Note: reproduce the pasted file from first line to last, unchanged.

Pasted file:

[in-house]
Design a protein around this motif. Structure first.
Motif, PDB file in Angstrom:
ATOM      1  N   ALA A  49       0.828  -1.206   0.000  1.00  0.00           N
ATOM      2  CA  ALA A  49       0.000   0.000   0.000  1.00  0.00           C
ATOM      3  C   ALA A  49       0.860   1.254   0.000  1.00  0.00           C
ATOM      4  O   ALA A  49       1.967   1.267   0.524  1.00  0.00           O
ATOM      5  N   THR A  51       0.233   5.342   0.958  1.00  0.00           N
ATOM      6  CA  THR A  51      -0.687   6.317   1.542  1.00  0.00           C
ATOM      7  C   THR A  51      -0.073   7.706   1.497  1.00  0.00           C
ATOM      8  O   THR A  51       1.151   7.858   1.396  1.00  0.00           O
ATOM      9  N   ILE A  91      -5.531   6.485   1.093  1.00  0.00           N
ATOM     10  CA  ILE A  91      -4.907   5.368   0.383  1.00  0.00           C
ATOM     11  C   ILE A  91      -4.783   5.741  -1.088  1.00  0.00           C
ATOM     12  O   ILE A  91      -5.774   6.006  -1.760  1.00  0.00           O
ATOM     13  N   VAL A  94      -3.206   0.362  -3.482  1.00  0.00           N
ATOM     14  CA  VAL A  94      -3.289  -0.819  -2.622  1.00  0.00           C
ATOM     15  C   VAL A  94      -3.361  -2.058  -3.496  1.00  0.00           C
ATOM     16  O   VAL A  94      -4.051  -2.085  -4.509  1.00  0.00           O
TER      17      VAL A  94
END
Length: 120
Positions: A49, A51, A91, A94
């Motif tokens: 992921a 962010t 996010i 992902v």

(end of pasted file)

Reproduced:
[in-house]
Design a protein around this motif. Structure first.
Motif, PDB file in Angstrom:
ATOM      1  N   ALA A  49       0.828  -1.206   0.000  1.00  0.00           N
ATOM      2  CA  ALA A  49       0.000   0.000   0.000  1.00  0.00           C
ATOM      3  C   ALA A  49       0.860   1.254   0.000  1.00  0.00           C
ATOM      4  O   ALA A  49       1.967   1.267   0.524  1.00  0.00           O
ATOM      5  N   THR A  51       0.233   5.342   0.958  1.00  0.00           N
ATOM      6  CA  THR A  51      -0.687   6.317   1.542  1.00  0.00           C
ATOM      7  C   THR A  51      -0.073   7.706   1.497  1.00  0.00           C
ATOM      8  O   THR A  51       1.151   7.858   1.396  1.00  0.00           O
ATOM      9  N   ILE A  91      -5.531   6.485   1.093  1.00  0.00           N
ATOM     10  CA  ILE A  91      -4.907   5.368   0.383  1.00  0.00           C
ATOM     11  C   ILE A  91      -4.783   5.741  -1.088  1.00  0.00           C
ATOM     12  O   ILE A  91      -5.774   6.006  -1.760  1.00  0.00           O
ATOM     13  N   VAL A  94      -3.206   0.362  -3.482  1.00  0.00           N
ATOM     14  CA  VAL A  94      -3.289  -0.819  -2.622  1.00  0.00           C
ATOM     15  C   VAL A  94      -3.361  -2.058  -3.496  1.00  0.00           C
ATOM     16  O   VAL A  94      -4.051  -2.085  -4.509  1.00  0.00           O
TER      17      VAL A  94
END
Length: 120
Positions: A49, A51, A91, A94
């Motif tokens: 992921a 962010t 996010i 992902v």